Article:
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How to grow sweet corn

How to grow sweet corn
Corn and corn products are a major part of our diet. The average American eats 11 pounds of corn, and very little of that corn is raised organically. Considering the high volume of corn we eat, even small amounts of chemical residue can add up. Yet, for every pound of pesticides and herbicides used in the US, about half of that pound is used on corn! To make a difference, try growing your own earth-friendly and chemical-free corn.

Corn is a quick growing vegetable that can be used in a wide variety of dishes from tortillas and cornbread to roasted corn and colis. It's low maintenance, and can be grown in many different types of soil. Corn was a traditional Native American crop, and in many places it's still grown along with Squash and Beans in an integrated system known as the "Three Sisters". These crops form a synergistic relationship; the protective hairs of squash keep deer and rabbits away, corn forms a trellis for bean poles, and bean poles naturally fertilize the soil with bacteria in their roots.

Organic food has several benefits over conventionally grown crops. Organic corn is free of pesticides that suppress the immune system, accumulate to toxic levels, and can trigger allergic reactions. Organic corn has significantly more antioxidants than other corn: 58.5 percent more. Organic corn also has a lower environmental impact. It uses less water to grow, causes less runoff, and requires uses no petroleum based fertilizers to grow (which cuts oil consumption).

Among gardeners, sweet corn is extremely popular, although some gardens feature popcorn, dent corn, flint corn, or pod corn. There are three main types of sweet corn: Sh2, (supersweet), SUSU (normal sugary), and SESE (sugary enhancer). Sweet corn can also be classified by its color: white, yellow, or bi-colored. Supersweet corn varieties have firm kernels and are very sugary. They are typically not as “creamy” as the other varieties. Most varieties do not store very well and should be eaten within a couple of days. Sugary enhancer varieties have a smooth and buttery texture. For flavor, texture, and ease of growing, this is widely considered the best variety.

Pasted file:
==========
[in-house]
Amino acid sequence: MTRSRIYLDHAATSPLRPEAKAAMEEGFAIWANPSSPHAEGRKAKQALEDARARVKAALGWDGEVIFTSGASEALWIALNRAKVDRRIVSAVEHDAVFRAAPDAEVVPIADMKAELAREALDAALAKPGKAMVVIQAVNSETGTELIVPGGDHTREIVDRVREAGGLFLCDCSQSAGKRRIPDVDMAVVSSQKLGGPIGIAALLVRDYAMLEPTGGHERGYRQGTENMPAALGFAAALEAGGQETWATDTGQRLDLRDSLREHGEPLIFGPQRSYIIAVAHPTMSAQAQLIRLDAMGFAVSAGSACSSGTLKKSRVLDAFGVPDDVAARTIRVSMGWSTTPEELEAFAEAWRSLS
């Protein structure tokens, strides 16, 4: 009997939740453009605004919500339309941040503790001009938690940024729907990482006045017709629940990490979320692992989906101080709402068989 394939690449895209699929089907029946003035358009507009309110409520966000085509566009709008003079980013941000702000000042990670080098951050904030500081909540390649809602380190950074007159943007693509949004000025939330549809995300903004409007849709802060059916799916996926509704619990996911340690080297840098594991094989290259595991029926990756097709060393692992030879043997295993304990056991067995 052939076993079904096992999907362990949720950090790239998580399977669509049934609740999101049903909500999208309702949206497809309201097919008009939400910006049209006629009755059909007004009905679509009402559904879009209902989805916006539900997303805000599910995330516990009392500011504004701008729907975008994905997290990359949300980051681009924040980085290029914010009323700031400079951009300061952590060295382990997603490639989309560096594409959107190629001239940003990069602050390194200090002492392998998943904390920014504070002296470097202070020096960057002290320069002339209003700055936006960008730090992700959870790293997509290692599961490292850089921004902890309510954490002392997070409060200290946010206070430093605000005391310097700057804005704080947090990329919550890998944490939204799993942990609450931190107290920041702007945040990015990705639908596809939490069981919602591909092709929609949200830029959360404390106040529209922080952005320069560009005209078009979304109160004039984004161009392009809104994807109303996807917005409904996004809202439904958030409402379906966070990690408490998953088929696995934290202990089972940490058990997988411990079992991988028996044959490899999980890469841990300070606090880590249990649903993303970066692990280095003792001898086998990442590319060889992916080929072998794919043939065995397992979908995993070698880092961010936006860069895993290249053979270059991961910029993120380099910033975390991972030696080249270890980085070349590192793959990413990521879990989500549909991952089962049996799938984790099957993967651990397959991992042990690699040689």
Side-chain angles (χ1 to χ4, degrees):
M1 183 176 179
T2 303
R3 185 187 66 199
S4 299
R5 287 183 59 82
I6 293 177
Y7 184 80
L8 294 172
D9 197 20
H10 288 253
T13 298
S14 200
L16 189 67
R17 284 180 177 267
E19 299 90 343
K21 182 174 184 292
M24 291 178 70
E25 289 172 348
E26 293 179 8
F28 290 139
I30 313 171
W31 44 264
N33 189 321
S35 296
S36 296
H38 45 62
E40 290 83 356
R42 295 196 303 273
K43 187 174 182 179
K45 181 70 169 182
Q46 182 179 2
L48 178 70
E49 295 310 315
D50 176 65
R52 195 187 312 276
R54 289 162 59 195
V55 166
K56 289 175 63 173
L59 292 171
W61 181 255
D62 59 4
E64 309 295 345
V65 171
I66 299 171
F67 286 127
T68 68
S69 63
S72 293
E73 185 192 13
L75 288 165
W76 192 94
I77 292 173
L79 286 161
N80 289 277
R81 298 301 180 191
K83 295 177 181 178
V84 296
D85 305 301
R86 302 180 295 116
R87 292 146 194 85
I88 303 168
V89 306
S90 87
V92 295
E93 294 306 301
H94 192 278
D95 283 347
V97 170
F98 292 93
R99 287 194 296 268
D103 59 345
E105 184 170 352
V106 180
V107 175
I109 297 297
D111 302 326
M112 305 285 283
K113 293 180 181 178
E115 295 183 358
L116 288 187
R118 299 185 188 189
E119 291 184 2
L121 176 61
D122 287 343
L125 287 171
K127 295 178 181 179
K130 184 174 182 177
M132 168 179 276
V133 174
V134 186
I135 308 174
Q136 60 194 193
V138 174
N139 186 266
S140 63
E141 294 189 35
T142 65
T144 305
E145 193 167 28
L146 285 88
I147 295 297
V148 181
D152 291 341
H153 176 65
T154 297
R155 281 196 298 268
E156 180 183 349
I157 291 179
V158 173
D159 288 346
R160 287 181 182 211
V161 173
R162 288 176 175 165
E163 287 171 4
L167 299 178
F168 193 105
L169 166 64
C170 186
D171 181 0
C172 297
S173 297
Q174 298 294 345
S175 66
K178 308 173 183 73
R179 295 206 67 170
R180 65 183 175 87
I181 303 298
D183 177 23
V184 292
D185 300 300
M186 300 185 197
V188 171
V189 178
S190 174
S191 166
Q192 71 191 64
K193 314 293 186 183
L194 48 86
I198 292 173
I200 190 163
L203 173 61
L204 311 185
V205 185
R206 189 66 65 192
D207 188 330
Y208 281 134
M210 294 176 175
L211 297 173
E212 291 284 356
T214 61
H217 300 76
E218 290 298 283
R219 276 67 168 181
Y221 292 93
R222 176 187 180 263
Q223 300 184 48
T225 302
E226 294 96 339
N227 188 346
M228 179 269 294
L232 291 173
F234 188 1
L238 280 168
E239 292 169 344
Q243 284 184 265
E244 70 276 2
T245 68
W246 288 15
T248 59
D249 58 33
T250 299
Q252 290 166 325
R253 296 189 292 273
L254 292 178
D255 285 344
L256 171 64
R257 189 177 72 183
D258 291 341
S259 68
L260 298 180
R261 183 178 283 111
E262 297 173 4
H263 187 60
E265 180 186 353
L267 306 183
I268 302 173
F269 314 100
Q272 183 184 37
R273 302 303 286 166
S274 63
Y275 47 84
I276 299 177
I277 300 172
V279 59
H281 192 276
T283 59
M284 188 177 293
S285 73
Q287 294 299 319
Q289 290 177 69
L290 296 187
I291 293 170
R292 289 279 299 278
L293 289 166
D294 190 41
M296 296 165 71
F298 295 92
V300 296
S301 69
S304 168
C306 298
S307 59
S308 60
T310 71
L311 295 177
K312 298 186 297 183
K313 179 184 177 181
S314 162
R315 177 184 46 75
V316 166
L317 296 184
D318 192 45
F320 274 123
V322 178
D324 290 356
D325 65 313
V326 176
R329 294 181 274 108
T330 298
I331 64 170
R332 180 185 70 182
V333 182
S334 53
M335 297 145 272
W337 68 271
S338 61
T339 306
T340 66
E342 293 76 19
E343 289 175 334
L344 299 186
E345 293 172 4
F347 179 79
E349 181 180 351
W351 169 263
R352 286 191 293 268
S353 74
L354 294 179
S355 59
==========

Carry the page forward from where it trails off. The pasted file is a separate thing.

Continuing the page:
There are many different types of sweet corn, and many are acclimated to specific regions. Common cultivars include Pegasus, Treasure, Camelot, Aspen, Silver Queen, Platinum Lady, Seneca Starshine, Sugar Snow, Avalanche, Jubilee Supersweet, Early Xtra Sweet, Challenger Crisp ‘N Sweet, Earlivee, Iochief, Sundance, Seneca Horizon, Golden Cross Bantam, Incredible, Terminator, Maple Sweet, Phenomenal, Hudson, Honey ‘N Pearl, Honey & Cream, Butter & Sugar, BiQueen, Double Delight, and D’Artagnan.

Even though corn started out as a wild plant (Teosinte), humans have transformed corn into a plant that can no longer sow itself. Modern corn requires someone to break the hard, tightly bound cob and plant the seeds. Without human interaction, modern corn would probably cease to exist. As you plant corn kernels, you may want to reflect on how we rely on corn for food, and corn relies on us for propagation.